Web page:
A case of medial medullary infarction with persistent primitive hypoglossal artery

Kazutaka Jin, Naoto Aihara, Tetsuro Tsukamoto

Research output: Contribution to journalArticle

3 Citations (Scopus)

Abstract

A 66-year-old woman was admitted to our hospital because of vomiting, dizziness and vertigo. Neurological examination on admission revealed only upbeat nystagmus without cranial nerve symptoms, paresis, cerebellar signs or sensory disturbances. Magnetic resonance (MR) images demonstrated a new T 2 high intensity and T 1 iso-intensity signal lesion in the right upper medial medulla. This medial medullary infarction caused central vestibular dysfunction. MR angiography and digital subtraction angiography demonstrated a persistent primitive hypoglossal artery (PPHA) originating from the right internal carotid artery to the vertebrobasilar artery associated with the stenosis of the right internal carotid artery at the level of the cervical bifurcation. This is the first report of medullary infarction with persistent carotid-basilar anastomosis. We suspected this medullary infarction was caused by artery to artery embolism in the branch of the right vertebral artery through the PPHA distal originated from the stenosis of the right internal carotid artery.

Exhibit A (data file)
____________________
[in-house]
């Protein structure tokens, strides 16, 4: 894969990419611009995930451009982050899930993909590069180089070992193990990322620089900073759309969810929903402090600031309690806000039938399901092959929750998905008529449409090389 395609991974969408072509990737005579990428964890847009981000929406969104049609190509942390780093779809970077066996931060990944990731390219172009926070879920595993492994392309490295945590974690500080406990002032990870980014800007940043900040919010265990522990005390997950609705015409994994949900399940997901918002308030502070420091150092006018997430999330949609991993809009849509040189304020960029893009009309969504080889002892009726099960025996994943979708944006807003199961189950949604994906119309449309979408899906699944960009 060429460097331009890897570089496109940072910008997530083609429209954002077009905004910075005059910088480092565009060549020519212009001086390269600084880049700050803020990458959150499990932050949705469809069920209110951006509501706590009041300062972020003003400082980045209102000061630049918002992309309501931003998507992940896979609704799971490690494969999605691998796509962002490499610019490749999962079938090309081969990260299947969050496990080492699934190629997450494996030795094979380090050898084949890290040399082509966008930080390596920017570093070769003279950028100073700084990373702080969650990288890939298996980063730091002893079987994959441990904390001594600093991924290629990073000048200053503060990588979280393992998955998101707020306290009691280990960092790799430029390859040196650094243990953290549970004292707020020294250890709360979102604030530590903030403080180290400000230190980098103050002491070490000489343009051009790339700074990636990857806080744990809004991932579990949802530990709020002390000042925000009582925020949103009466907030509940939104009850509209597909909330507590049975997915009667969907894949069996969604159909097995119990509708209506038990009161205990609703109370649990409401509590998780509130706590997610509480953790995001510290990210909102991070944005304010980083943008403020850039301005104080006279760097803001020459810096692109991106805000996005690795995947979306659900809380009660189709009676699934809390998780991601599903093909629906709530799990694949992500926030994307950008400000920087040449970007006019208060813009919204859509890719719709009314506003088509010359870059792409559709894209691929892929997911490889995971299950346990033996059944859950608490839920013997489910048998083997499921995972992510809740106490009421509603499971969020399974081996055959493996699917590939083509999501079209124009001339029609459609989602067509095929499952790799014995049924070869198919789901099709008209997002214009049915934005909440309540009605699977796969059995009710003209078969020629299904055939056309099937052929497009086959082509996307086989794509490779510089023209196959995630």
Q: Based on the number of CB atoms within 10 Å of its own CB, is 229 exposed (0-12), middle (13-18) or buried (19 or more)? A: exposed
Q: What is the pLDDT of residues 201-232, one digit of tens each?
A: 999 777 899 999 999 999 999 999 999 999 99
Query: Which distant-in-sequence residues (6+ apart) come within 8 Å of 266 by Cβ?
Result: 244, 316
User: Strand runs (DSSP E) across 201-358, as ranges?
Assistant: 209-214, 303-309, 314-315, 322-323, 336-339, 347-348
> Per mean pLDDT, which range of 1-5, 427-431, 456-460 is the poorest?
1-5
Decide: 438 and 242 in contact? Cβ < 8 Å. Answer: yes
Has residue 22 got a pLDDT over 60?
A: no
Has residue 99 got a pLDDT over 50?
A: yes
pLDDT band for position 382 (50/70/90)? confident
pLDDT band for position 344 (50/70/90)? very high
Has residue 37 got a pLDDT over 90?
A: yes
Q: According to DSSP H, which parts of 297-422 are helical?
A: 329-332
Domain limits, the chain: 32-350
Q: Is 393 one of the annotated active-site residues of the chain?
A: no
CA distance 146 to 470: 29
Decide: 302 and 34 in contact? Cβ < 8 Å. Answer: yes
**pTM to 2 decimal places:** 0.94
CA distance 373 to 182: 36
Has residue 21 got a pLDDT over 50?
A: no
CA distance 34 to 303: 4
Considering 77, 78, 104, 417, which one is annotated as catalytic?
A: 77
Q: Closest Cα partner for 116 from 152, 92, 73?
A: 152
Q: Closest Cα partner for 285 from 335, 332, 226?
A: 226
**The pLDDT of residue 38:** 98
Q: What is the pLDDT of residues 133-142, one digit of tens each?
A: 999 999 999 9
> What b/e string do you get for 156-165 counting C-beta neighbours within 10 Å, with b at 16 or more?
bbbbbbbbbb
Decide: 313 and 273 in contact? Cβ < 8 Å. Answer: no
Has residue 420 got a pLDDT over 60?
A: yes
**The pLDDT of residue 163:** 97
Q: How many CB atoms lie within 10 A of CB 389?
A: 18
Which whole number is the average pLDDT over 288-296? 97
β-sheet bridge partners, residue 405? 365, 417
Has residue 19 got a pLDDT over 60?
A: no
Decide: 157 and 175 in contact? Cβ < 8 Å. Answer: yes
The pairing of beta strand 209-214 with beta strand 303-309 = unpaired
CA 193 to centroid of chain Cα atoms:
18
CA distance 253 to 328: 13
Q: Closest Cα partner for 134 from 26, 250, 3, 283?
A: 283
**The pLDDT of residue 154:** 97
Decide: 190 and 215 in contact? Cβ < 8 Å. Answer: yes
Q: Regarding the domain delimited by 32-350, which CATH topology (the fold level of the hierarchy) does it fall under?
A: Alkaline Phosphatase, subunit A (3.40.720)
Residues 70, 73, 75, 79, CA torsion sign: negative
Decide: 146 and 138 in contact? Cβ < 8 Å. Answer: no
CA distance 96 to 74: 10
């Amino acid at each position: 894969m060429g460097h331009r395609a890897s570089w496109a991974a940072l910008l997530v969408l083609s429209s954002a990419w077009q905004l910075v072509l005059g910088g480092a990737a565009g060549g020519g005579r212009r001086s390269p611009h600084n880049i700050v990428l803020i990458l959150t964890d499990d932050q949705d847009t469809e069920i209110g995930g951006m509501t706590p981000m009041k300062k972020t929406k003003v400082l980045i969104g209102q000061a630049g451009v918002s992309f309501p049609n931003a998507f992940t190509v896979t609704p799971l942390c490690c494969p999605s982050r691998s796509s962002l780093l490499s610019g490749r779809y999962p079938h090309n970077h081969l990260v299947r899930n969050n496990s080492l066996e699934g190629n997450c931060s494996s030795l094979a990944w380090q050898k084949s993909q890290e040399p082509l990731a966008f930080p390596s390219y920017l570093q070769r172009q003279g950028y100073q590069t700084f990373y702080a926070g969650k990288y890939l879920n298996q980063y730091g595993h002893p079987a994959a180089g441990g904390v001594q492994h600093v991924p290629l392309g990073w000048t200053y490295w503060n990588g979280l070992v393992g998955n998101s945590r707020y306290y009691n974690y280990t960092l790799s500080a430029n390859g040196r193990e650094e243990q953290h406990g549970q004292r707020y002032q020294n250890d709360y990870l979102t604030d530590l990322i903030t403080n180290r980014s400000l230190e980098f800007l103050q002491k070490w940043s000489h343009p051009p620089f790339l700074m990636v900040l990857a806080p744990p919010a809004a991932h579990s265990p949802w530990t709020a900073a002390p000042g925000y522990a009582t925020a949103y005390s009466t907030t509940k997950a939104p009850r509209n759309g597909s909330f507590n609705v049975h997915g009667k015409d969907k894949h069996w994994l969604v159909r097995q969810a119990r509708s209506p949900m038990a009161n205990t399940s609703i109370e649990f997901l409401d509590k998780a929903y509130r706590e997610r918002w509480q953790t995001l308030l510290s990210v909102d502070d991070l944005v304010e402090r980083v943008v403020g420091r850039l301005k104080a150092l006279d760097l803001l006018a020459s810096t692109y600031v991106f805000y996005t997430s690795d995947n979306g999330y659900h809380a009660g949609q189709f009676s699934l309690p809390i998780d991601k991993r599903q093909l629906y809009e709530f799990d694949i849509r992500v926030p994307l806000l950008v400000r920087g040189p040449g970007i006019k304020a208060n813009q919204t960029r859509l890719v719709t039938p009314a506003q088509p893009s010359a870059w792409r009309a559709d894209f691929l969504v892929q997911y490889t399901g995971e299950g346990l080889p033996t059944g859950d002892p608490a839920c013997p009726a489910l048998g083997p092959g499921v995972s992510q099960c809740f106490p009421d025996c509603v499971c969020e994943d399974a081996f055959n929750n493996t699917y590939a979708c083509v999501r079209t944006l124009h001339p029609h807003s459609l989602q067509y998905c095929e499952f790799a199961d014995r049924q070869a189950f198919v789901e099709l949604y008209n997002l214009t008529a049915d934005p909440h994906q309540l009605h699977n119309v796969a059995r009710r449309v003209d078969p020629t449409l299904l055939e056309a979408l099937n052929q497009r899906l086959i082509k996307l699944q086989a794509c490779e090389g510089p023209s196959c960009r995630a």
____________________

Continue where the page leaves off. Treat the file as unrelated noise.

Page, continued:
Original languageEnglish
Pages (from-to)341-345
Number of pages5
JournalBrain and Nerve
Volume54
Issue number4
Publication statusPublished - 2002 May 21

Keywords

  • Brainstem infarction
  • Magnetic resonance angiography
  • Medial medullary infarction
  • Persistent carotid-basilar anastomosis
  • Persistent primitive hypoglossal artery

ASJC Scopus subject areas

  • Neuroscience(all)

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